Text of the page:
Il Trovatore by Giuseppe Verdi
Libretto by Salvatore Cammarano
McCaw Hall, Seattle Center
January 12, 20189
Review by Sharon Cumberland
Seattle Opera’s Il Trovatore (The Troubadour) is a welcome start to the new year. In spite of it’s complicated and improbable story, the music is sublime. Any company that tackles this epic tale of devotion and betrayal—with its challenging requirements for chorus, soloists and orchestra—is already in the winner’s circle. And any audience who gets to see this rarely performed Verdi masterpiece is very lucky indeed.
A quick survey of Opera America’s listing of Verdi operas performedin 2017 (the latest year full data is available) reveals that only…well…zero performances of Il Trovatore were given in the US and Canada. There were plenty of Aidas, La Traviatas, Rigolettos and Falstaffs, along with the occasional Requiems, Macbeths, Nabuccos and Un Ballo in Mascheras—so Verdi is richly represented in opera repertoires. But Il Trovatore is so difficult for all four principal singers that companies have to await the magical combination of talents—and usually two singers for every role—in order to pull it off.
The tenor’s big aria, “Di Quella Pira,” is ranked number six on a website called “The Top 10 Horrifyingly Difficult Opera Arias.” The baritone and the mezzo soprano have equally over-the-top challenges driven by the wildly dramatic libretto in which everyone is in passionate love, on the brink of horrible revelations, and facing immanent death. And one of the soprano’s big moments, “D’amor sull’ali rosee,” is six minutes of the most heartrendingly beautiful and challenging pieces Verdi ever wrote. You can go on you tube and hear every famous soprano who ever lived in the electronic age sing it, but nothing compares to hearing it in the opera house. I was deeply moved to hear the young Leah Crocetto sing it on opening night, and am eager to return to McCaw Hall to hear Angela Mead’s performance.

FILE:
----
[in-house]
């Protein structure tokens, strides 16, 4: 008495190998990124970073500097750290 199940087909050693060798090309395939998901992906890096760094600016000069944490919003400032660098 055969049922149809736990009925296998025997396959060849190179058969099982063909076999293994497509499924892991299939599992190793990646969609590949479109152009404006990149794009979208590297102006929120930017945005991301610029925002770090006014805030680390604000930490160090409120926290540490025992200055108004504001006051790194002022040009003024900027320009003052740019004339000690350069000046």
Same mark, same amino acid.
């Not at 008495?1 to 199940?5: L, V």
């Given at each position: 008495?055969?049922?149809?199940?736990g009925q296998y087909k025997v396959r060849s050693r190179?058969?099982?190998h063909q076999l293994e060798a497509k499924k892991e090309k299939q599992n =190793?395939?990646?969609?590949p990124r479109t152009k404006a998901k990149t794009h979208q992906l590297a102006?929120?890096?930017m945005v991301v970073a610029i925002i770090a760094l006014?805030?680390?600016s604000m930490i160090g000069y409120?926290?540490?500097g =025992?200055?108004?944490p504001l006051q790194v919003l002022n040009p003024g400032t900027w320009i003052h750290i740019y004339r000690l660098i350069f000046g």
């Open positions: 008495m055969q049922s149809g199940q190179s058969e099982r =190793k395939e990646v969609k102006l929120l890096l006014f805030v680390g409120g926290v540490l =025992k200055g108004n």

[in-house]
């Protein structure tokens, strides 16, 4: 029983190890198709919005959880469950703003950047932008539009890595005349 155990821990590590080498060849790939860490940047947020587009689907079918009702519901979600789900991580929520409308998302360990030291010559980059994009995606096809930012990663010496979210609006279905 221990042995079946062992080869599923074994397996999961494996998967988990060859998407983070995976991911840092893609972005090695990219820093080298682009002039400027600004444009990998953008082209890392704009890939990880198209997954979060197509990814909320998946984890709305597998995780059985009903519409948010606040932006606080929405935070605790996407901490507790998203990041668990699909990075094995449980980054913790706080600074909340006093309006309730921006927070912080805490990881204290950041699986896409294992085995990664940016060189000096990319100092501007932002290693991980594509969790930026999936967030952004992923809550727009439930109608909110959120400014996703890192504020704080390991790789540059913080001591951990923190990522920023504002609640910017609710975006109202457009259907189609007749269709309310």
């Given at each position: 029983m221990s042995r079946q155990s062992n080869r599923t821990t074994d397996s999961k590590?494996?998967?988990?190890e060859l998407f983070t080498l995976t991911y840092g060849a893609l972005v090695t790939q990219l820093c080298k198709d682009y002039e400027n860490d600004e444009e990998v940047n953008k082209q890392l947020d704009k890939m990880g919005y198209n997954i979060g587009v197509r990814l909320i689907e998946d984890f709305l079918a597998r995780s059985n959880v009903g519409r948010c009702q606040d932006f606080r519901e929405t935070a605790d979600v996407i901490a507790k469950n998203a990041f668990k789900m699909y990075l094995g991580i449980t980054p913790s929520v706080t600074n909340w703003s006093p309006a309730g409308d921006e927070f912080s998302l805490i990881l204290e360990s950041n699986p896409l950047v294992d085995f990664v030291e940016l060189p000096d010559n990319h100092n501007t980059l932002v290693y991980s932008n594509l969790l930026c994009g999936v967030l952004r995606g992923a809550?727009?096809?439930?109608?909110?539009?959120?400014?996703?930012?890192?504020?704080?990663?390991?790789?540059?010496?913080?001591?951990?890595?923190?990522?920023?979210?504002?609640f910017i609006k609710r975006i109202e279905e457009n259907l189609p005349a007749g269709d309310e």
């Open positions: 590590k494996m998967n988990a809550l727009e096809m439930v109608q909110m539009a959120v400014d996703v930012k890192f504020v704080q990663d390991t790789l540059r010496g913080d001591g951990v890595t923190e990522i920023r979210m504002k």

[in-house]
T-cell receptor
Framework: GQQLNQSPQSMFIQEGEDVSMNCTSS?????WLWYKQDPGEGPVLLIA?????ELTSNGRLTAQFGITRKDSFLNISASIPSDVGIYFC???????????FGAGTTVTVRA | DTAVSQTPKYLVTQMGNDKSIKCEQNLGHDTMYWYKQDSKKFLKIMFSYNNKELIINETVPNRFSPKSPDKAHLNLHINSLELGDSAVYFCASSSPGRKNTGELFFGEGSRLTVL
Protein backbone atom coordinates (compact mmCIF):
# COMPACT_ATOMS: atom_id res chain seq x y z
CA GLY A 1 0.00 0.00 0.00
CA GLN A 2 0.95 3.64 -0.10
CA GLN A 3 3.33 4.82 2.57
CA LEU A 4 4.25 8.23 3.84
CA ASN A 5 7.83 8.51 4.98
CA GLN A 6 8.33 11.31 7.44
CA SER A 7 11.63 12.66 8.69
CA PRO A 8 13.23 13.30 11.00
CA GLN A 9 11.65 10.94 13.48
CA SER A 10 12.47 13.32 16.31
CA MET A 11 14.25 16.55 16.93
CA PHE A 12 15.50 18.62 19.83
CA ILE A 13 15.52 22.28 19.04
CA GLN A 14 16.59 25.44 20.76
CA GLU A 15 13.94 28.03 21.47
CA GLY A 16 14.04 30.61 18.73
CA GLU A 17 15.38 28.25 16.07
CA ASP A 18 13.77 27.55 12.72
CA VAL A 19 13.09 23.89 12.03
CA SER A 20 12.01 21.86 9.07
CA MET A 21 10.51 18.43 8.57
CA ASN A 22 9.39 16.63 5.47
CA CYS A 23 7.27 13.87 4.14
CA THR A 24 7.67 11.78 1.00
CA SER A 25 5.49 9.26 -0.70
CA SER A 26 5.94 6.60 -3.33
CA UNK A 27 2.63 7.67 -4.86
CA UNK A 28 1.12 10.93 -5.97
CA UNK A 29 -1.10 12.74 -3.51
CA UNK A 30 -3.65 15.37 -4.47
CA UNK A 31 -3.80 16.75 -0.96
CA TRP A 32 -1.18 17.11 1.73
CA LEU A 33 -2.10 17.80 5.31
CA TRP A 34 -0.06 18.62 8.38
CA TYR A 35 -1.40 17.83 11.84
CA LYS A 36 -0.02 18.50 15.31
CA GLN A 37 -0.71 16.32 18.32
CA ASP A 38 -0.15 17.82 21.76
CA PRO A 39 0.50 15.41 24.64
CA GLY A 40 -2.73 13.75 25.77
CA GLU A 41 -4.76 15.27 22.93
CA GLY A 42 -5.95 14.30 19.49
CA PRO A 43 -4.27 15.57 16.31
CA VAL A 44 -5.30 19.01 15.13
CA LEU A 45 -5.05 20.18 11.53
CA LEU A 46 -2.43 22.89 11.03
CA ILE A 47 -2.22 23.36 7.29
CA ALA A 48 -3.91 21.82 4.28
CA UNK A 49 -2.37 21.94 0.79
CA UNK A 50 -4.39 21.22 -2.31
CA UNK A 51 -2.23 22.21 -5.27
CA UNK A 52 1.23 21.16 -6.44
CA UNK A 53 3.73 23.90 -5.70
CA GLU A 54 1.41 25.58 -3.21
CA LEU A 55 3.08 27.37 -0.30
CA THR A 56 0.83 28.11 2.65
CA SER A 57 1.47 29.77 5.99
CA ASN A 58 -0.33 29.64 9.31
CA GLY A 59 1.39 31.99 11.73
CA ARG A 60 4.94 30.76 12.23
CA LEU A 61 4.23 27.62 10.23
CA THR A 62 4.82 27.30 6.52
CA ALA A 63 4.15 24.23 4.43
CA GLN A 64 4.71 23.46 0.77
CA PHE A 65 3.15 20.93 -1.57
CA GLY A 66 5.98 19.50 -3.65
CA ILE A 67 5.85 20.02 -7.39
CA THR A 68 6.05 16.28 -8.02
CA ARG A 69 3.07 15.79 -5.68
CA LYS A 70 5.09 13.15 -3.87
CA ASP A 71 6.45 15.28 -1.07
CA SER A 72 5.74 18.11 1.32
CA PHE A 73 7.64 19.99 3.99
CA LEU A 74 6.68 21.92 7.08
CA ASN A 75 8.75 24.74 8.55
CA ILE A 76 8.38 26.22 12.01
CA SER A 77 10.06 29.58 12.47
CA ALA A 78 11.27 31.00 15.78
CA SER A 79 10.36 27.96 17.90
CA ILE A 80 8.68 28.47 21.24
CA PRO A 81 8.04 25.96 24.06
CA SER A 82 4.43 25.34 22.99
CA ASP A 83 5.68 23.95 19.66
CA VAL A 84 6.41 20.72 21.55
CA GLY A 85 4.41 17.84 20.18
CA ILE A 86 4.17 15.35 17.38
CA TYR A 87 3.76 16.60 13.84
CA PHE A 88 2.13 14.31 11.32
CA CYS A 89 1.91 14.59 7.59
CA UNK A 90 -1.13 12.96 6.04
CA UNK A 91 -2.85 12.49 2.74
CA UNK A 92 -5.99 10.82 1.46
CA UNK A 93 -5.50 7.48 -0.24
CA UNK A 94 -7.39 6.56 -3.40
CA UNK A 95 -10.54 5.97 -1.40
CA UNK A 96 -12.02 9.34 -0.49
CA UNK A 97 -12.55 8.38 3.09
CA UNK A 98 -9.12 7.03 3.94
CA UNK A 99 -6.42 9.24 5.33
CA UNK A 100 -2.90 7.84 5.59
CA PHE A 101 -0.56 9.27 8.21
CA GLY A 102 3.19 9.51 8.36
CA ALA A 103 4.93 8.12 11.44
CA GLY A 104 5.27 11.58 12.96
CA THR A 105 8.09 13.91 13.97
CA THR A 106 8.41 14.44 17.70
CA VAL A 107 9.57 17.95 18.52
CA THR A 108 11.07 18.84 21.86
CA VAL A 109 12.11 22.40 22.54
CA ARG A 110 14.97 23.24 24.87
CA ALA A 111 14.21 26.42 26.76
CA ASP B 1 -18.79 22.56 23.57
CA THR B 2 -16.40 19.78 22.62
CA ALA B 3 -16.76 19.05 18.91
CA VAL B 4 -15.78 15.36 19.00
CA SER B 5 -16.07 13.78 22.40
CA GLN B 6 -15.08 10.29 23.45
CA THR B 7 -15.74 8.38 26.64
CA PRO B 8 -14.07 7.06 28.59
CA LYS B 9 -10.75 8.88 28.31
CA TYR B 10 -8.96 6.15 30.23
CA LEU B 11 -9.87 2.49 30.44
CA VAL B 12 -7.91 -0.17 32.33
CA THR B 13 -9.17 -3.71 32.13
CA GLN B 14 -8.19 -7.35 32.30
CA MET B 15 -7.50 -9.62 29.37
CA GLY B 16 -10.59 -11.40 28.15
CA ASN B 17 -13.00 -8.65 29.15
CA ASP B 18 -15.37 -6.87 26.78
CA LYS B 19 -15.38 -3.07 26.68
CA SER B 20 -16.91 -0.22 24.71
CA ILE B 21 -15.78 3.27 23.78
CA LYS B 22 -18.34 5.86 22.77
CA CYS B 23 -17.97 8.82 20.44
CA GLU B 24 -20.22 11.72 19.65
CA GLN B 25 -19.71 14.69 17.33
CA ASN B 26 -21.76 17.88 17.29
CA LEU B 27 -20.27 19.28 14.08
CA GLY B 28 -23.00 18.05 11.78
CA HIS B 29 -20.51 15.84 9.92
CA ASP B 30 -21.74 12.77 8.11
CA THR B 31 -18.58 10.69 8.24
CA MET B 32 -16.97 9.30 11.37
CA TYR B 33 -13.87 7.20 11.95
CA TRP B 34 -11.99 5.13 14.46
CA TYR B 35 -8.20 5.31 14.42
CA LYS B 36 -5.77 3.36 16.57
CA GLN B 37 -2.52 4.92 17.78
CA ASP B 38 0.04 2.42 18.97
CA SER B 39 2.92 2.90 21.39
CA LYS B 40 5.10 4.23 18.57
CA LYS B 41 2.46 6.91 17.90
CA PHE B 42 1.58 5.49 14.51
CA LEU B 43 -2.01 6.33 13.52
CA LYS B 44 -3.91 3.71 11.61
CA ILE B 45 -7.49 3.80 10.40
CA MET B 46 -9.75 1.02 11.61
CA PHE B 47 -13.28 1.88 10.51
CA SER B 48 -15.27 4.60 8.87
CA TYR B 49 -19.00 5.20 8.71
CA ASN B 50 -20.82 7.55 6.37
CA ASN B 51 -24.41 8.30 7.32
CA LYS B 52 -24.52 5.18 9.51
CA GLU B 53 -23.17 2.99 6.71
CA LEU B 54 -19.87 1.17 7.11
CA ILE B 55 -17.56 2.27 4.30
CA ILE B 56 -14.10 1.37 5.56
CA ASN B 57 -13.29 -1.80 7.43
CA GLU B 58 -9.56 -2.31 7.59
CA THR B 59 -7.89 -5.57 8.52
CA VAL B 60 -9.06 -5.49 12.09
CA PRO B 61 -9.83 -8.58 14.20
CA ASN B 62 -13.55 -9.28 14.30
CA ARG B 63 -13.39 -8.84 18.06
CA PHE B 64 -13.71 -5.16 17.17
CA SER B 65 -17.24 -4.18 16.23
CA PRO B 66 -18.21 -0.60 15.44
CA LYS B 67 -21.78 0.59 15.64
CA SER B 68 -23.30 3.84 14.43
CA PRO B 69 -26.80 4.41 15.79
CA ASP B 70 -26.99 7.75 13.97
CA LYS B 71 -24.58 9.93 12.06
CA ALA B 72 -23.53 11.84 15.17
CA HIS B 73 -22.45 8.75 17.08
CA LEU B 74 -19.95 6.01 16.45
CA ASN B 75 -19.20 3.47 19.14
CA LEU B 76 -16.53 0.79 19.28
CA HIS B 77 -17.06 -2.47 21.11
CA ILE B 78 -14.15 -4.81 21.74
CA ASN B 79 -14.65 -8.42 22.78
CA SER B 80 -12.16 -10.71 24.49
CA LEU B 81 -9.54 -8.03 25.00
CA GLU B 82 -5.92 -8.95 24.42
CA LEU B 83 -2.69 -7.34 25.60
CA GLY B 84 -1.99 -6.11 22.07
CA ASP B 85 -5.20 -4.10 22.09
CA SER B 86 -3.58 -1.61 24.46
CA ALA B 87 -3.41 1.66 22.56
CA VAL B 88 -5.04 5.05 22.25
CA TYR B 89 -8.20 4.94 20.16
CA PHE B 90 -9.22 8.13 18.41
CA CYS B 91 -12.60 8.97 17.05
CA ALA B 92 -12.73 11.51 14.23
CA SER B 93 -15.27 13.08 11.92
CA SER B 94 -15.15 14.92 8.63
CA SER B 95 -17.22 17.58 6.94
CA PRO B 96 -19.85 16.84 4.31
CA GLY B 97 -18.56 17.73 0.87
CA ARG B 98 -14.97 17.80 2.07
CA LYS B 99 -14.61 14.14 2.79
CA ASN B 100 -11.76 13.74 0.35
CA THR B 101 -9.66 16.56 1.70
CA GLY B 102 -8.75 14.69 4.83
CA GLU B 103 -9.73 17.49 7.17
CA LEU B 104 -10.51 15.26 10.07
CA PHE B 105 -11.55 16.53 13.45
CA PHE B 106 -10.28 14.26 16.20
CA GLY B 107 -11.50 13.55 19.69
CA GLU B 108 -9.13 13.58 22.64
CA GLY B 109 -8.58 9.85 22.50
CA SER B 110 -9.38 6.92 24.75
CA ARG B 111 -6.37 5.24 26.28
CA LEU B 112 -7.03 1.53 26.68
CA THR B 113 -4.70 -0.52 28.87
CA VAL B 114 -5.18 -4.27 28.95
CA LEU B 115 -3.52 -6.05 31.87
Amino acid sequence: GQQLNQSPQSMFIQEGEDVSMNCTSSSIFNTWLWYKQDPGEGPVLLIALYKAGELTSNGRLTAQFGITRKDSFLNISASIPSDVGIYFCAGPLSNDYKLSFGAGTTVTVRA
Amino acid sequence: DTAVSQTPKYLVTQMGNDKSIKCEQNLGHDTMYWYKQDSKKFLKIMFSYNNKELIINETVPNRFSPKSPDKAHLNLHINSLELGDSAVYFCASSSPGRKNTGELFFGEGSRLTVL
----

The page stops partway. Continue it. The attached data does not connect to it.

The Seattle Opera stage was somewhat underlit for me—it’s a dark opera, but does it have to be visually dark? I was sitting in a great seat but still had some trouble seeing the singers clearly through the shadows cast over their faces. I was also a bit distracted by the fantasy-style set and costumes, in which the armies have no historical anchor other than references to “endless wars” in several cultures (including our own via touches of camo fabric in conquistador-type costumes). Il Trovatore is set in Arragon—and I think a Spanish setting would act as a sufficient metaphor to remind us of the tragedy of our own endless war, though I admit that the post-modern ideas behind Candace Frank’s costumes were clever. Still, this opera, well sung, could be done in burlap bags and still pack the musical wallop it’s famous for. This is an opera well worth seeing—since you may not have another chance in coming years. Il Trovatore is performed at McCaw Hall through January 26th. KING FM will broadcast the cast led by Angela Mead oon February 2nd at 8:00 PM.